I recently watched the movie Interstellar in the theater. I liked it so much, I watched it again… and again. Three times in 10 days. Next, I’ll get the DVD and see it dozens of more times. It’s my new all-time favorite movie.
I’m something of an astrophysics geek. I think in another life I might have been one of these nerds working for the SETI project like Ellie Arroway in Contact. For my fifth-grade science project, I constructed a planetarium show. When my schoolmates were playing Contra on Nintendo, I was reading about quasars.
Interstellar fascinates me because I don’t understand how someone gets $150 million of financing to make a movie that no one who doesn’t understand Einstein’s theory of relativity can fully appreciate. Christopher Nolan is a stud. There is no other explanation.
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I won’t spoil it for you, but let’s say there’s a lot of physics knowledge required for that movie. Incidentally, there’s a lot of physics knowledge required for trading too.
The derivatives guys understand this. Most conventional option pricing models are based on something called “geometric Brownian motion,” which was originally used to describe the movement of a particle suspended in a liquid or a gas.
Emanuel Derman, author of My Life as a Quant and contributor to the Black-Derman-Toy model that pioneered the pricing of bond options, started out as a darn good physicist. Then he was hired by Goldman Sachs. Lots of quants (quantitative analysts) are former physicists. Finance and physics really are that similar.
I have my own theories about financial physics.
Stocks and bonds are matter. They are things. They are particles. They literally are physical objects—in the old days, certificates. Nowadays, they have a CUSIP. You can clip the coupons. In bearer form, they were worth money. Nowadays, nobody really gets to hold a bond in his hand, but it’s still tangible as far as I’m concerned. The foregoing also applies to currencies. And commodities… well, they are as tangible as you can get.
- Credit and volatility are not matter. They are forces very similar to gravity. Think about it: credit is the willingness or ability to repay. It’s a feeling, a sensation, a psychological construct. But it is not a thing. It has neither a certificate nor a CUSIP. But credit is directly related to volatility—otherwise the credit guys wouldn’t hedge with VIX call spreads all the time.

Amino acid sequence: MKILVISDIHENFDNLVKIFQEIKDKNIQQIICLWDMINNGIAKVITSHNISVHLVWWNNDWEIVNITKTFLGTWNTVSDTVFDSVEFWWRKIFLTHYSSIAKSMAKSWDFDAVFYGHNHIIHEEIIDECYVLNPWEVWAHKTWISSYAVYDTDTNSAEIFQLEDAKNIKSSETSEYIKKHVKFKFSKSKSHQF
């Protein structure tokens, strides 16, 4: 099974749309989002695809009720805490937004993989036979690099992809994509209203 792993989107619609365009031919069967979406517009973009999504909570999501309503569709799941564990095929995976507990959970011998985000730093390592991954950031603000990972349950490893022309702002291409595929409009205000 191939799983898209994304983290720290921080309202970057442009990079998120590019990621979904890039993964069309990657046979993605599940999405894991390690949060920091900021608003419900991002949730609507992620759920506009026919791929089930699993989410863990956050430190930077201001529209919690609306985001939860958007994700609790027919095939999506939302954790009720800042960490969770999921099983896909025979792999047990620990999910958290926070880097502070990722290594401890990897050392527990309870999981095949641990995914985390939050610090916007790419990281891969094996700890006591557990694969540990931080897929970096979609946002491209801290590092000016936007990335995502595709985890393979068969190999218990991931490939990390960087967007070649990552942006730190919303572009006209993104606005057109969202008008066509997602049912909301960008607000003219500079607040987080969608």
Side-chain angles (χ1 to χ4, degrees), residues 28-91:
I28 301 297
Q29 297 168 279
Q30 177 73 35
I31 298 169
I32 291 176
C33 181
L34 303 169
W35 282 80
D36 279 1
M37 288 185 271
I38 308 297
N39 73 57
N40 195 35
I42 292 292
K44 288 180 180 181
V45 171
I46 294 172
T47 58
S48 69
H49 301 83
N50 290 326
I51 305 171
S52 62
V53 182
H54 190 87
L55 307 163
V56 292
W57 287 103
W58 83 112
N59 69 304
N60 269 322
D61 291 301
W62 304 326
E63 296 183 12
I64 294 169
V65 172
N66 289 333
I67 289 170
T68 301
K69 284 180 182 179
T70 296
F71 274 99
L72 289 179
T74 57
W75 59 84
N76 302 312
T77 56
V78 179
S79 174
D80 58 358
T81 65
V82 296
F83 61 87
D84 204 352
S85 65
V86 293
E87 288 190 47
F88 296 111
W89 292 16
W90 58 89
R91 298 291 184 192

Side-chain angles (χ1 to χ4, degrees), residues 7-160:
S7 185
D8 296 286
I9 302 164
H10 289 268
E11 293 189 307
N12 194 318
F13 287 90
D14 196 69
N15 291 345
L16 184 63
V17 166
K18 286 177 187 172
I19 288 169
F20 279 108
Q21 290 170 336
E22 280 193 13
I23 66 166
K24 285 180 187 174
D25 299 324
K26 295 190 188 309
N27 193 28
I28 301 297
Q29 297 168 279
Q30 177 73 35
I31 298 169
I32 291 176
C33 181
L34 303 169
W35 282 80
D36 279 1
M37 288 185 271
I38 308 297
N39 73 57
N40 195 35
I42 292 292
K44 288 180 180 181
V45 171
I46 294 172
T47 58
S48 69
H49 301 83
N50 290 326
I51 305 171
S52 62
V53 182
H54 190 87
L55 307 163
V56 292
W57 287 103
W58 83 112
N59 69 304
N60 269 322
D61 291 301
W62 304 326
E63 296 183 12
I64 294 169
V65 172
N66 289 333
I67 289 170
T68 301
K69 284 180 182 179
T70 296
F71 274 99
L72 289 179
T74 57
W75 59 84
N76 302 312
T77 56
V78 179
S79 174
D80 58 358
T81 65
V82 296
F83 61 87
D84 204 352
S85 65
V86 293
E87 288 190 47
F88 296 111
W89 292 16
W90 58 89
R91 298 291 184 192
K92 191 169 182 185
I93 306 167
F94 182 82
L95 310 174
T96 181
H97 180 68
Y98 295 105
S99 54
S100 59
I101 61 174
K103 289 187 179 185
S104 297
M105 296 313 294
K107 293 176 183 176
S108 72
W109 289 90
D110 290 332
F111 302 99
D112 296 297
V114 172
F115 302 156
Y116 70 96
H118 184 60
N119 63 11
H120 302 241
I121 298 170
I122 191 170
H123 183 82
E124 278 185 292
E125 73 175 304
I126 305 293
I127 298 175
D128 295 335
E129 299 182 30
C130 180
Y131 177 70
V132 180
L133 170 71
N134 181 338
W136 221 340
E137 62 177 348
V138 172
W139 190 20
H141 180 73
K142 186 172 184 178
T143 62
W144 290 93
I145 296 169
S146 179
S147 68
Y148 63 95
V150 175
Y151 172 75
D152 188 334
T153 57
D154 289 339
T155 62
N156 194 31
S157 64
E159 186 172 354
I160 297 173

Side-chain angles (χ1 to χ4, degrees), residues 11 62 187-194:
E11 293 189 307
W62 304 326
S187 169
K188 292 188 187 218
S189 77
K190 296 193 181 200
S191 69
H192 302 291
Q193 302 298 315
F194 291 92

The one thing we know about gravity is that it is not constant in the universe. There can be large disturbances, like a black hole, where time can actually slow down—exactly like the gravitational time dilation described in Interstellar. When volatility increases (and credit widens), options decay more slowly. Volatility (“vol”) and time work in opposite directions.
Vvol Is Sky-High Right Now
We are currently experiencing—I’m grinning as I write this—disturbances in the force. Credit and volatility have never acted this way before, and I can quantify it exactly.
Never before has the VIX gone from 11 to 20 in just four days. A few weeks ago, I wrote about the outsize influence volatility ETFs were having on the vol complex, and that remains true. I think this can partially be explained by people panicking out of XIV, the VelocityShares Daily Inverse VIX Short-Term ETN.
But it’s actually bigger than that. Volatility is itself volatile. You can measure the volatility of volatility; traders call it “vvol.” And the only times vvol has been this high since the advent of VIX options were in 2007, 2008, and 2011—all times of serious crisis.
But we aren’t in a crisis now, are we?
Well, we might be, if you think vvol has any predictive power, as I do. Certainly nothing of the magnitude of ‘07, ‘08, or ‘11. But when you’re having 700-point intraday round trips in the Dow and vvol is at crisis levels, I think it’s time to start asking the hard questions.
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The bigger picture is: Russia is experiencing a full-blown currency crisis, whether anyone is calling it that or not; emerging markets are in meltdown mode (as predicted by some of my colleagues here at Mauldin Economics); and the price of the single most important commodity in the world has just been cut in half in the span of a month or two.
These are not normal times. And the bull market in stocks is very, very advanced.
Even though I write for a living, I’m a former trader, so I still spend my days staring at the screens. I haven’t seen anything like this before. New territory here—and not in a good way.
But I’m a student of volatility and credit, and I paid attention in early 2009 when no put option was too expensive and no bond was safe. It feels as if something like that might be in our future.